Liverpool is a city and metropolitan borough of Merseyside, England, United Kingdom along the eastern side of the Mersey Estuary. It was founded as a borough in 1207 and was granted city status in 1880. It is the eighth most populous British city, in 2011 the population was 466,400 and is at the centre of a wider urban area, the Liverpool City Region.
Historically, Liverpool was a part of Lancashire. The city's urbanisation and expansion were largely brought about by the city's status as a major port. By the 18th century, trade from the West Indies, Ireland and mainland Europe, coupled with close links with the Atlantic slave trade, furthered the economic expansion of Liverpool. By the early 19th century, 40% of the World's trade passed through Liverpool's docks, contributing to Liverpool's rise as a major city. Liverpool is also well known for its inventions and innovations, particularly in terms of infrastructure, transportation, general construction, and in the fields of public health and social reform. Railways, ferries and the skyscraper were all pioneered in the city, together with the first societies for animal and child protection, the first schools for the blind, for working-men, and for girls.
Inhabitants of Liverpool are referred to as Liverpudlians but are also colloquially known as "Scousers", in reference to the local dish known as "scouse", a form of stew. The word "Scouse" has also become synonymous with the Liverpool accent and dialect. Liverpool's status as a port city has contributed to its diverse population, which, historically, were drawn from a wide range of peoples, cultures, and religions, particularly those from Ireland. The city is also home to the oldest Black African community in the country and the oldest Chinese community in Europe.
Liverpool experiences a temperate maritime climate, like much of the British Isles, with relatively cool summers and mild winters. Historically, Bidston Observatory (actually located on the Wirral Peninsula) has provided the longest and most unbroken weather data for the Merseyside area. More recently, the Met Office has operated a weather station at Crosby.
Liverpool's history means that there are a considerable variety of architectural styles found within the city, ranging from 16th century Tudor buildings to modern-day contemporary architecture. The majority of buildings in the city date from the late-18th century onwards, the period during which the city grew into one of the foremost powers in the British Empire. There are over 2,500 listed buildings in Liverpool, of which 27 are Grade I listed and 85 are Grade II* listed. The city also has a greater number of public sculptures than any other location in the United Kingdom aside from Westminster and more Georgian houses than the city of Bath. This richness of architecture has subsequently seen Liverpool described by English Heritage, as England's finest Victorian city. The value of Liverpool's architecture and design was recognised in 2004, when several areas throughout the city were declared a UNESCO World Heritage Site. Known as the Liverpool Maritime Mercantile City, the sites were added in recognition of the city's role in the development of international trade and docking technology.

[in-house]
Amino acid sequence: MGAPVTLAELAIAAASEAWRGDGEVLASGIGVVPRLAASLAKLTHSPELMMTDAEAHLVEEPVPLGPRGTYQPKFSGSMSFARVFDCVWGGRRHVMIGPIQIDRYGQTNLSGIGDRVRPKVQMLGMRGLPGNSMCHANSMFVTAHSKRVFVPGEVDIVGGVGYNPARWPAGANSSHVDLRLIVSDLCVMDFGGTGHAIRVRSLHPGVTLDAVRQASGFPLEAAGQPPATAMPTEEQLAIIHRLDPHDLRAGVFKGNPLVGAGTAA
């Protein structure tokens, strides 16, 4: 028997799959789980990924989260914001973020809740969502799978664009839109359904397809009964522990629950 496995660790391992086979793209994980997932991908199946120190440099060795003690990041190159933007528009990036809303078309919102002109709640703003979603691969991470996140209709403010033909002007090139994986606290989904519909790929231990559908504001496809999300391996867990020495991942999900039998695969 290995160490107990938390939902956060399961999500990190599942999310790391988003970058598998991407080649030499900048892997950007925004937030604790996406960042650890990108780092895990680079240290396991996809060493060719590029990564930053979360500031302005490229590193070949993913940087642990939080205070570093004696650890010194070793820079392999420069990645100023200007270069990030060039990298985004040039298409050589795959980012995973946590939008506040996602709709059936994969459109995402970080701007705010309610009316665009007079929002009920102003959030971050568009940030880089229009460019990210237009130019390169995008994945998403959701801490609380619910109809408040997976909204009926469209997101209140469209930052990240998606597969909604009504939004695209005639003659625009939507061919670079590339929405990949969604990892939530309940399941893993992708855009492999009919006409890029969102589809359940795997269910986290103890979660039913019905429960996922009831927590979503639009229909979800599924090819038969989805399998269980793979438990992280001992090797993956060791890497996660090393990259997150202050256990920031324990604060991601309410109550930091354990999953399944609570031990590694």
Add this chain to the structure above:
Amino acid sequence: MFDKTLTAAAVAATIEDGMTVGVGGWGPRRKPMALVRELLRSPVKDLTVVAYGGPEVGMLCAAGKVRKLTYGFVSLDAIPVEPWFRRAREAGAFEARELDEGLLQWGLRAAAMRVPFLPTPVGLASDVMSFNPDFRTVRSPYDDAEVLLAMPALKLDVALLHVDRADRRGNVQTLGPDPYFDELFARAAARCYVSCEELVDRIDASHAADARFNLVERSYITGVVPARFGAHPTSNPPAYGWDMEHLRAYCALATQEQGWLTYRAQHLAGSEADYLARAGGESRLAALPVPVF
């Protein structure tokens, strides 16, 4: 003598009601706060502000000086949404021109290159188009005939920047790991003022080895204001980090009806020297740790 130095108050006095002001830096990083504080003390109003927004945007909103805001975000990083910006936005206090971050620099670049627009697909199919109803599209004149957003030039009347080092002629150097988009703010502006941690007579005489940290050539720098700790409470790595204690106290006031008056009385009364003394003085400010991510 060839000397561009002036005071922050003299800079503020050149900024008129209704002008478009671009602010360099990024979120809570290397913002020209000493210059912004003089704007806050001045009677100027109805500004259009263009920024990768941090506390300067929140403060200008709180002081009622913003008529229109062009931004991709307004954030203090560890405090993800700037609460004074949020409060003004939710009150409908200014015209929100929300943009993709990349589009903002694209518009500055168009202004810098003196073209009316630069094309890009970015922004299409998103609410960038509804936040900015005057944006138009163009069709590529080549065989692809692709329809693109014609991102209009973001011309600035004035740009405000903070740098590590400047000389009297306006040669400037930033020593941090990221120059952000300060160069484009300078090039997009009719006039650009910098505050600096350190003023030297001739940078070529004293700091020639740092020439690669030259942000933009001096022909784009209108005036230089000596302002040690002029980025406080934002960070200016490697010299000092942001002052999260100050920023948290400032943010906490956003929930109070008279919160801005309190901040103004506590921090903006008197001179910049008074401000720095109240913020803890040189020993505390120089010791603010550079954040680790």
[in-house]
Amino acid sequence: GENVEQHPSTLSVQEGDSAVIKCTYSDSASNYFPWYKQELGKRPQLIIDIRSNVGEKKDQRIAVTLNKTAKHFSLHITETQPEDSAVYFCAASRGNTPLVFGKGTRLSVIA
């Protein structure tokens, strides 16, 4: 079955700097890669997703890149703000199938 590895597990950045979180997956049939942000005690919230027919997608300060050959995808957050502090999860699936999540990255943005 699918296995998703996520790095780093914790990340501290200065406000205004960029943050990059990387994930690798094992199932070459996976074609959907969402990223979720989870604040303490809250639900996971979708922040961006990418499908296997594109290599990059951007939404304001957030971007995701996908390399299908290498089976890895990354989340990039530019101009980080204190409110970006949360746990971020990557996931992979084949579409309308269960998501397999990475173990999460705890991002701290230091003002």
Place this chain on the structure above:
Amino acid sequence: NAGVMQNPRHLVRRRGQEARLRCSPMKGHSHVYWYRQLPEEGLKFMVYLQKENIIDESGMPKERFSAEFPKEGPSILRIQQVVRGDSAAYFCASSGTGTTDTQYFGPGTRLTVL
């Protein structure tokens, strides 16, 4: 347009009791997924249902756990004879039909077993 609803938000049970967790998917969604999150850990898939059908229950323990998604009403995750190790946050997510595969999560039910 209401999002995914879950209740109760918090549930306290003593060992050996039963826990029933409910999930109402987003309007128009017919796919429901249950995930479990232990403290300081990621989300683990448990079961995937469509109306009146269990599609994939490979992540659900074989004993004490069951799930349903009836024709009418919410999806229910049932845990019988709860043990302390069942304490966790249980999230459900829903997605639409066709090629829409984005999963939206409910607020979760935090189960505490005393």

Waterfront and Docks:
As a major British port, the docks in Liverpool have historically been central to the city's development. Several major docking firsts have occurred in the city including the construction of the world's first enclosed wet dock (the Old Dock) in 1715 and the first ever hydraulic lifting cranes. The best-known dock in Liverpool is the Albert Dock, which was constructed in 1846 and today comprises the largest single collection of Grade I listed buildings anywhere in Britain. Built under the guidance of Jesse Hartley, it was considered to be one of the most advanced docks anywhere in the world upon completion and is often attributed with helping the city to become one of the most important ports in the world. The Albert Dock houses restaurants, bars, shops, two hotels as well as the Merseyside Maritime Museum, International Slavery Museum, Tate Liverpool and The Beatles Story. North of the city centre is Stanley Dock, home to the Stanley Dock Tobacco Warehouse, which was at the time of its construction in 1901, the world's largest building in terms of area and today stands as the world's largest brick-work building.